The translation that "rides boldly through the reefs of scholarship" (The Observer) is combined with first-rate annotation. No reading knowledge of Old English is assumed. Heaney's clear and insightful introduction to Beowulf provides students with an understanding of both the poem's history in the canon and Heaney's own translation process.
An epic poem is a performance. The telling of Beowulf carries something of the days of its pre-literary composition, as it evolved as something memorised, half spoken and half sung, over many generations. The single manuscript we have, from about 1000 AD, is the end result of a great chain of poetic adaptation. Of all new versions Seamus Heaneys (1999) has made the most striking impact, in part for his willingness to experiment, to be a new scop or oral poet, to depart at times from the exact text and join the tradition when there was no such thing. The licence such an approach adopts can make for a riveting poem in itself, a work of wonder. But there is a different route to the flame of the original. J.D. Winters rendering of the Beowulf song accepts the text as historical fact, and by a gradual revelation of its deeper music, discovers an illumination from within.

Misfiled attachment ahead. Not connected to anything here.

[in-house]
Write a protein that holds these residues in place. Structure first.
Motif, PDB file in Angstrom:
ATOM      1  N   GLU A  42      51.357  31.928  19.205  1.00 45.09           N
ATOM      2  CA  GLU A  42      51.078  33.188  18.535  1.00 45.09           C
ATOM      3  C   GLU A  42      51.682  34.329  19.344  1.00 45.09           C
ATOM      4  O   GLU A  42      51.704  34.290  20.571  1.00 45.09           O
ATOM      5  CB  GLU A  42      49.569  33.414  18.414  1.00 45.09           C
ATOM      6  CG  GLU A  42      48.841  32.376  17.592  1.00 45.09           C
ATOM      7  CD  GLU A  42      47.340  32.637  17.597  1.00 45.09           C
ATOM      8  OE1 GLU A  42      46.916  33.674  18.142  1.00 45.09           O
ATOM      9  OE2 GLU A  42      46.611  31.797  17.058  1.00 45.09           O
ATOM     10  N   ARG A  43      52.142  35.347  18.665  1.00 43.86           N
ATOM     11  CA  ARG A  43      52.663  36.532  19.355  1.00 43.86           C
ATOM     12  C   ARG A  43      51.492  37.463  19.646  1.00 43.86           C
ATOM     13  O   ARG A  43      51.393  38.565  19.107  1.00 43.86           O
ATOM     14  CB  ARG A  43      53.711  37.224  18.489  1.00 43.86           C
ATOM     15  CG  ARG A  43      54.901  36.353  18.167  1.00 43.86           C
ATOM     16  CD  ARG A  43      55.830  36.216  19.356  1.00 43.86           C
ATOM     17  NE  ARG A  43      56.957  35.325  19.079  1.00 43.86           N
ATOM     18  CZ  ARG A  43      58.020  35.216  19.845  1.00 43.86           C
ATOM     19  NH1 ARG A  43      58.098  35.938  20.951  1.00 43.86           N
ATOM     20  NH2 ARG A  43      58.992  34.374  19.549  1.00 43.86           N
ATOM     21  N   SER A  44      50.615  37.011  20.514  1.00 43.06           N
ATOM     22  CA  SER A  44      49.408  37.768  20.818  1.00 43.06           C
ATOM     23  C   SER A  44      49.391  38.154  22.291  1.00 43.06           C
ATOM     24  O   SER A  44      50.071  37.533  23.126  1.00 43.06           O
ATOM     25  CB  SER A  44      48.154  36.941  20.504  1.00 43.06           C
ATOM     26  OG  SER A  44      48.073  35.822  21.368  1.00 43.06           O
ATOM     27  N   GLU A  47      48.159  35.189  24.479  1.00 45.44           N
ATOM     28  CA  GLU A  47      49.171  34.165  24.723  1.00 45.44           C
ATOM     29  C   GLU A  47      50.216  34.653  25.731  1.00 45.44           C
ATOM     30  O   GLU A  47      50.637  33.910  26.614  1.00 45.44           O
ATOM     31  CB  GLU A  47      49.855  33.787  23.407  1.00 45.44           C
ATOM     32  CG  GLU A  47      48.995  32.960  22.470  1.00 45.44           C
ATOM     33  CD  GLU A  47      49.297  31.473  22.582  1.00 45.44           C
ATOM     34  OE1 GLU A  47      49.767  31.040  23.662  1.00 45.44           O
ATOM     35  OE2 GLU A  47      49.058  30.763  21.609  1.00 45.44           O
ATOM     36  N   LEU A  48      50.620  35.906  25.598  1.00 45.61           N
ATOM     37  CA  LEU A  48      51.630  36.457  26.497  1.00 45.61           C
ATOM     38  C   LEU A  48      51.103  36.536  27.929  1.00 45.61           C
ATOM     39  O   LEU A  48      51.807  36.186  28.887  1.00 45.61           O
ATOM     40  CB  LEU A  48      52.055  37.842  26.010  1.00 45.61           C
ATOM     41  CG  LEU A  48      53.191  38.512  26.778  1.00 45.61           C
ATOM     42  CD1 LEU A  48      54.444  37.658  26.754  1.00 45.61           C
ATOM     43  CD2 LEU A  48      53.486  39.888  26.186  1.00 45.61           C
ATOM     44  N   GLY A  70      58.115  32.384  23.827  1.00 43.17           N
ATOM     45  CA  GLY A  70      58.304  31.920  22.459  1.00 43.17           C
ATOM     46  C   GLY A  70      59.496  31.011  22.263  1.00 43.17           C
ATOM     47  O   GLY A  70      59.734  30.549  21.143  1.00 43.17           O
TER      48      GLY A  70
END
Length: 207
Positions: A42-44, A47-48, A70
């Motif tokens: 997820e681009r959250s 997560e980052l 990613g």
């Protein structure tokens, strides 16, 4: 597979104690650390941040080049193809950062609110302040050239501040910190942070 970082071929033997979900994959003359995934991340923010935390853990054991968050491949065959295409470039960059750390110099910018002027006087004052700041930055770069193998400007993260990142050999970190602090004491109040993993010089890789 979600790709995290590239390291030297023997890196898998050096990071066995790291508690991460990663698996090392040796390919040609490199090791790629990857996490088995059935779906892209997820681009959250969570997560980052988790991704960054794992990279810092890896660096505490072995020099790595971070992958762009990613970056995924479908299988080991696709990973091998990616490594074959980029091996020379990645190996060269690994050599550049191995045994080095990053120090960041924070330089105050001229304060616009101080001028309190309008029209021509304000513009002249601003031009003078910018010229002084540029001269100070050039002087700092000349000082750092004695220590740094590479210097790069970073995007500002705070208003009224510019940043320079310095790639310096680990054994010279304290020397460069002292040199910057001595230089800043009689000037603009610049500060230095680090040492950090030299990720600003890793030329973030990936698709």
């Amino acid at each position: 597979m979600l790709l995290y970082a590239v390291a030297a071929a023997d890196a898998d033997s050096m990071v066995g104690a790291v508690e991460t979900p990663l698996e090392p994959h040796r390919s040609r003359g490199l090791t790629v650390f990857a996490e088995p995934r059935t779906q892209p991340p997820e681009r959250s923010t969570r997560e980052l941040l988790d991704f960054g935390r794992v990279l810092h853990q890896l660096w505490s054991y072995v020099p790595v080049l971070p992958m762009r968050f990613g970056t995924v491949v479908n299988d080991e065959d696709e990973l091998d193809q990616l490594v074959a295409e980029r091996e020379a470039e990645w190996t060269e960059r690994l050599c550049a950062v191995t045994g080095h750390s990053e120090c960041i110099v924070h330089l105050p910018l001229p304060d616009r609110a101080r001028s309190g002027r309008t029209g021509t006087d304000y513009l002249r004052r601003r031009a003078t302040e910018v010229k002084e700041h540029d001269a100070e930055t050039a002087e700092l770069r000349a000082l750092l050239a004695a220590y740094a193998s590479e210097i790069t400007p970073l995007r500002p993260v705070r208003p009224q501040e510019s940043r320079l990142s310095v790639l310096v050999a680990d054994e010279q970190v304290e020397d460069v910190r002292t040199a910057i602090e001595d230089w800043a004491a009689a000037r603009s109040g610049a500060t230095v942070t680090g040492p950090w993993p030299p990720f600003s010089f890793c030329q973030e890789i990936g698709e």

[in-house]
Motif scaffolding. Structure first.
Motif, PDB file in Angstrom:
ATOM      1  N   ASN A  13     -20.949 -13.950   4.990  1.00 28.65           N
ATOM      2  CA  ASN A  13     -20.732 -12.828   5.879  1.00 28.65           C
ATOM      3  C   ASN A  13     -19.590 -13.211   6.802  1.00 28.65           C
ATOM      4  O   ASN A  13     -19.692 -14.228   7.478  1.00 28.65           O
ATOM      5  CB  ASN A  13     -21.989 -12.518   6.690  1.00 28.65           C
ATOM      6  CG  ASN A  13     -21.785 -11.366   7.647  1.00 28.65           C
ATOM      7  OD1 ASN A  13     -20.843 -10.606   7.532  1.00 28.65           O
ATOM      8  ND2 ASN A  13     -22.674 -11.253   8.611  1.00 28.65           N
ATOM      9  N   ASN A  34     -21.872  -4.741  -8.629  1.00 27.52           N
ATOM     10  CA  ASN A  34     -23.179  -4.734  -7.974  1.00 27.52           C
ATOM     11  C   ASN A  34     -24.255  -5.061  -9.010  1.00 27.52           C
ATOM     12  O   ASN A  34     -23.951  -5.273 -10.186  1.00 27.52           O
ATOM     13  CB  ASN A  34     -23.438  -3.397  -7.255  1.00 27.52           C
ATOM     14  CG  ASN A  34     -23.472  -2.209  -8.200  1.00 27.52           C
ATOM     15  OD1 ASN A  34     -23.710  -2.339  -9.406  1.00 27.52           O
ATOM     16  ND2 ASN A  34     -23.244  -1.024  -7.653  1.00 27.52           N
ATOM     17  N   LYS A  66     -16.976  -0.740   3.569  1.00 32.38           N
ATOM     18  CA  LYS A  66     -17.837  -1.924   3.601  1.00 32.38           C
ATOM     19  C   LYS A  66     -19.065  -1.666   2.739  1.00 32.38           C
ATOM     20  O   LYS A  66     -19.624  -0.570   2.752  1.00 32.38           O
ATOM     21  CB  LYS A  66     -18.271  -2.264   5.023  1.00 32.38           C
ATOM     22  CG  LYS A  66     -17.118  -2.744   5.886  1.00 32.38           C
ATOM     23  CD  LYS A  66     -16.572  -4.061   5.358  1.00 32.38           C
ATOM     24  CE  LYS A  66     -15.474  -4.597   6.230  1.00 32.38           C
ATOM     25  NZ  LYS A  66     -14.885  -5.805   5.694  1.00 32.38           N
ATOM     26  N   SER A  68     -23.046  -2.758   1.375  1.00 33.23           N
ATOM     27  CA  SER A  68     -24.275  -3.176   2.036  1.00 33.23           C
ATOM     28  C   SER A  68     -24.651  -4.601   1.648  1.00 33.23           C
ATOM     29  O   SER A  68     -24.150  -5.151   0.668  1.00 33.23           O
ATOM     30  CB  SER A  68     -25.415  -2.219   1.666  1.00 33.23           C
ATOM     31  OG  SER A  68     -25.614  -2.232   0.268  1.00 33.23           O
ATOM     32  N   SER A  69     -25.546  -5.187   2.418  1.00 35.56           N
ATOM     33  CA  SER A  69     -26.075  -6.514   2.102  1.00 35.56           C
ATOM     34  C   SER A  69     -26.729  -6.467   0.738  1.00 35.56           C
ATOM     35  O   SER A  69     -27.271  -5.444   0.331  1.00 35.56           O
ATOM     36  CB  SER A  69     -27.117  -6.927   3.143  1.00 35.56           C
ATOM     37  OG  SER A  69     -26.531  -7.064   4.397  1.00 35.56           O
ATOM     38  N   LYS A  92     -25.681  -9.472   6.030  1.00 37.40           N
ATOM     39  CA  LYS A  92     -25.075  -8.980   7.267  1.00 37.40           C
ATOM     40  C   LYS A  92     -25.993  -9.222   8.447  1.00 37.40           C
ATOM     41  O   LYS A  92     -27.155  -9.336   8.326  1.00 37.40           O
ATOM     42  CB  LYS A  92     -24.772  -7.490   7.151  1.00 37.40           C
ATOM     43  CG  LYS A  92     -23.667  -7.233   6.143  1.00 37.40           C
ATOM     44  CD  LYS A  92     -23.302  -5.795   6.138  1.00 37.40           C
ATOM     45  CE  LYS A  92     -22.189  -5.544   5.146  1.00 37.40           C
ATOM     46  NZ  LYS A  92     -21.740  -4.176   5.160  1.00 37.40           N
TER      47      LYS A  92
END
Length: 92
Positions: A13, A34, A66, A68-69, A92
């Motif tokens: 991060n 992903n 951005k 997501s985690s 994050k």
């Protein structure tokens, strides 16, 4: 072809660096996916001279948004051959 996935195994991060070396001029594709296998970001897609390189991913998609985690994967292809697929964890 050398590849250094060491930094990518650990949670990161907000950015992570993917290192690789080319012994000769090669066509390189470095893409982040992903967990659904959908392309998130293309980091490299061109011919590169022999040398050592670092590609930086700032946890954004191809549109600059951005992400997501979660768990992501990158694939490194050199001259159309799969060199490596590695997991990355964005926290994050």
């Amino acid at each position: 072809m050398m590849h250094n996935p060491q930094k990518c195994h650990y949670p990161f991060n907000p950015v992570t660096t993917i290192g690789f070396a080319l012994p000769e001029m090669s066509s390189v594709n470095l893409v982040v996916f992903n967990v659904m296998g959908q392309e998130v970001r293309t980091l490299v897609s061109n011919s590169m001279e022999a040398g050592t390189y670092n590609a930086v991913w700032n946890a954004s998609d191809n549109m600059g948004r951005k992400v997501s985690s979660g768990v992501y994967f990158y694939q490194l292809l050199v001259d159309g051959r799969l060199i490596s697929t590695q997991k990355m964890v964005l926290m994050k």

BEOWULF tells of the tale of a Scandinavian hero in lands that would become what is now Denmark and Sweden. A monster, Grendel, has arrived in the kingdom of the Danes, devouring its men and women for over a decade until Beowulf arrives to save them. Santiago Garcia and David Rubin unite to bring forward the myth of Beowulf, which has endured for a thousand years, inspired an epic poem, become afoundational piece of English literature, and influenced generations of authors: from J.R.R. Tolkien and Seamus Heaney to a multitude of Hollywood screenwriters.